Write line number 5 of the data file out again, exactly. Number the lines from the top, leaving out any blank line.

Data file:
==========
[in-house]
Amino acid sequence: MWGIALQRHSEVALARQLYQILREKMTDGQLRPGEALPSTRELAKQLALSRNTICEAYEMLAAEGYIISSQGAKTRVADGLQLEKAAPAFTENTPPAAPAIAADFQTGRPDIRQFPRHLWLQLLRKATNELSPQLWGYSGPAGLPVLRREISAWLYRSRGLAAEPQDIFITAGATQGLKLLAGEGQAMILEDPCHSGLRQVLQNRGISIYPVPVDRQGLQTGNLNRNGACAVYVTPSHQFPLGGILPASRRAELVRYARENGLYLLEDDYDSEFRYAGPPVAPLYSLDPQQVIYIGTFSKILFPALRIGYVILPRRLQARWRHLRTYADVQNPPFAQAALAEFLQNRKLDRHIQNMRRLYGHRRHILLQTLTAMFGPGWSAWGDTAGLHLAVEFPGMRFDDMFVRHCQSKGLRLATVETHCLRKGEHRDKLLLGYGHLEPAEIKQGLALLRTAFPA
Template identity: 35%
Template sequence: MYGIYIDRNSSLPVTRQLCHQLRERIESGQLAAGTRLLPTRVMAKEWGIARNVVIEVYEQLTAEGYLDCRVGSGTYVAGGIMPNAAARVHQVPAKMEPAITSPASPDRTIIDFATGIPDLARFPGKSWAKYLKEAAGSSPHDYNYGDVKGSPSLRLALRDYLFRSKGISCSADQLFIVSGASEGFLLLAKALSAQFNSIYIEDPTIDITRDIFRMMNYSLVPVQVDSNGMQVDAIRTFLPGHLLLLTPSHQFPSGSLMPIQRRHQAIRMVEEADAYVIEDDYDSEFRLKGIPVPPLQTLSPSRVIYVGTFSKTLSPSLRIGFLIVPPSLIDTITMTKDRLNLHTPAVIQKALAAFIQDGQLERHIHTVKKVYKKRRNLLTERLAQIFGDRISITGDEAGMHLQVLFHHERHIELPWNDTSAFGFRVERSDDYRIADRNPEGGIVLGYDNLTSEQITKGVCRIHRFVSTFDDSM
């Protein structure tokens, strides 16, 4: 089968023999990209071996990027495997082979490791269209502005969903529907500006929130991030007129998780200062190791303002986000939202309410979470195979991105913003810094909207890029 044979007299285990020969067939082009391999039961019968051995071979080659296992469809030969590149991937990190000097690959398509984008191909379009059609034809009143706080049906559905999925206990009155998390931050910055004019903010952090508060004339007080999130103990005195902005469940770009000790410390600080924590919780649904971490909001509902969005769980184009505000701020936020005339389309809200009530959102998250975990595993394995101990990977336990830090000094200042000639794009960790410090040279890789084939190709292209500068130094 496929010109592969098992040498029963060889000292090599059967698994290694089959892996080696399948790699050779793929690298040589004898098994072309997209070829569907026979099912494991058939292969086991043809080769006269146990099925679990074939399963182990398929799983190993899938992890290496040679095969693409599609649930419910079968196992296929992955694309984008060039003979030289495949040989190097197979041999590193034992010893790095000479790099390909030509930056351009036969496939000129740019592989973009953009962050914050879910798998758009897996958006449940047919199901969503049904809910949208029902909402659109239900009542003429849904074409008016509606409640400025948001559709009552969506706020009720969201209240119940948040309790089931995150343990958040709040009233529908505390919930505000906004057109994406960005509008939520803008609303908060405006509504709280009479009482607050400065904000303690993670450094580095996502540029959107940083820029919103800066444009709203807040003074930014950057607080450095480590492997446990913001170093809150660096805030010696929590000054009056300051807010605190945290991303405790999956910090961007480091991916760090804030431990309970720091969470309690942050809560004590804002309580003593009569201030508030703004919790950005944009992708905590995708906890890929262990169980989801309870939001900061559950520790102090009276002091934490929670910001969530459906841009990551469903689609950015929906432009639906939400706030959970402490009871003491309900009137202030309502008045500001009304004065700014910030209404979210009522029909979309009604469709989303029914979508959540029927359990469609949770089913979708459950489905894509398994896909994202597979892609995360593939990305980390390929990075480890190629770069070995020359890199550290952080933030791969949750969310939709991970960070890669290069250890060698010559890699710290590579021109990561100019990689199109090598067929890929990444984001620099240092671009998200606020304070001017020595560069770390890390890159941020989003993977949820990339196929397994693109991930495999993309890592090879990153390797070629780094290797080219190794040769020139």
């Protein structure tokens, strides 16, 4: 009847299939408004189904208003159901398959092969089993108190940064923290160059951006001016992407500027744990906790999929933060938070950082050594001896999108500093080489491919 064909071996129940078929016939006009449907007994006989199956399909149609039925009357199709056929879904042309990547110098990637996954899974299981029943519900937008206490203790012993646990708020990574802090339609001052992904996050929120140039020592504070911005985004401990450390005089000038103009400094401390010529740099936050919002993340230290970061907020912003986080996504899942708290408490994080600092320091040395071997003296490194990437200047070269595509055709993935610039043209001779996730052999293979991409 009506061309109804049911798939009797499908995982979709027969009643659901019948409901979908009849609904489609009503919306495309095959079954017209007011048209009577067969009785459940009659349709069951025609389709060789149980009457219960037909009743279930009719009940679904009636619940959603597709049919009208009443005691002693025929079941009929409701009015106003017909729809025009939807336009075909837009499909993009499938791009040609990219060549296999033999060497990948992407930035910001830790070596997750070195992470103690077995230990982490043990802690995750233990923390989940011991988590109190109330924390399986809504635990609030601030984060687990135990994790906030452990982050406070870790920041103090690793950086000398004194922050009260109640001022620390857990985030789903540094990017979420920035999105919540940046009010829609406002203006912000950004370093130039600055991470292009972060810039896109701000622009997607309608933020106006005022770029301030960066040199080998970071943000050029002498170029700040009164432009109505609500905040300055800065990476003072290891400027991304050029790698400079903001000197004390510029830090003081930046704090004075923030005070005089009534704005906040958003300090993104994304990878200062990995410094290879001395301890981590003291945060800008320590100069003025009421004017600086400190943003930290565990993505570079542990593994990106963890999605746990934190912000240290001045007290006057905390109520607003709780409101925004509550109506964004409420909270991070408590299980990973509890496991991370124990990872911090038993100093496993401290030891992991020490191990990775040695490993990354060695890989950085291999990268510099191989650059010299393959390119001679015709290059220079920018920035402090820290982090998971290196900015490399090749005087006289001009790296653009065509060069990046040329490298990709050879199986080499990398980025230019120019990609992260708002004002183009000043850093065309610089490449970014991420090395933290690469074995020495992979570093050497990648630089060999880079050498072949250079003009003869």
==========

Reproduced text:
């Protein structure tokens, strides 16, 4: 089968023999990209071996990027495997082979490791269209502005969903529907500006929130991030007129998780200062190791303002986000939202309410979470195979991105913003810094909207890029 044979007299285990020969067939082009391999039961019968051995071979080659296992469809030969590149991937990190000097690959398509984008191909379009059609034809009143706080049906559905999925206990009155998390931050910055004019903010952090508060004339007080999130103990005195902005469940770009000790410390600080924590919780649904971490909001509902969005769980184009505000701020936020005339389309809200009530959102998250975990595993394995101990990977336990830090000094200042000639794009960790410090040279890789084939190709292209500068130094 496929010109592969098992040498029963060889000292090599059967698994290694089959892996080696399948790699050779793929690298040589004898098994072309997209070829569907026979099912494991058939292969086991043809080769006269146990099925679990074939399963182990398929799983190993899938992890290496040679095969693409599609649930419910079968196992296929992955694309984008060039003979030289495949040989190097197979041999590193034992010893790095000479790099390909030509930056351009036969496939000129740019592989973009953009962050914050879910798998758009897996958006449940047919199901969503049904809910949208029902909402659109239900009542003429849904074409008016509606409640400025948001559709009552969506706020009720969201209240119940948040309790089931995150343990958040709040009233529908505390919930505000906004057109994406960005509008939520803008609303908060405006509504709280009479009482607050400065904000303690993670450094580095996502540029959107940083820029919103800066444009709203807040003074930014950057607080450095480590492997446990913001170093809150660096805030010696929590000054009056300051807010605190945290991303405790999956910090961007480091991916760090804030431990309970720091969470309690942050809560004590804002309580003593009569201030508030703004919790950005944009992708905590995708906890890929262990169980989801309870939001900061559950520790102090009276002091934490929670910001969530459906841009990551469903689609950015929906432009639906939400706030959970402490009871003491309900009137202030309502008045500001009304004065700014910030209404979210009522029909979309009604469709989303029914979508959540029927359990469609949770089913979708459950489905894509398994896909994202597979892609995360593939990305980390390929990075480890190629770069070995020359890199550290952080933030791969949750969310939709991970960070890669290069250890060698010559890699710290590579021109990561100019990689199109090598067929890929990444984001620099240092671009998200606020304070001017020595560069770390890390890159941020989003993977949820990339196929397994693109991930495999993309890592090879990153390797070629780094290797080219190794040769020139």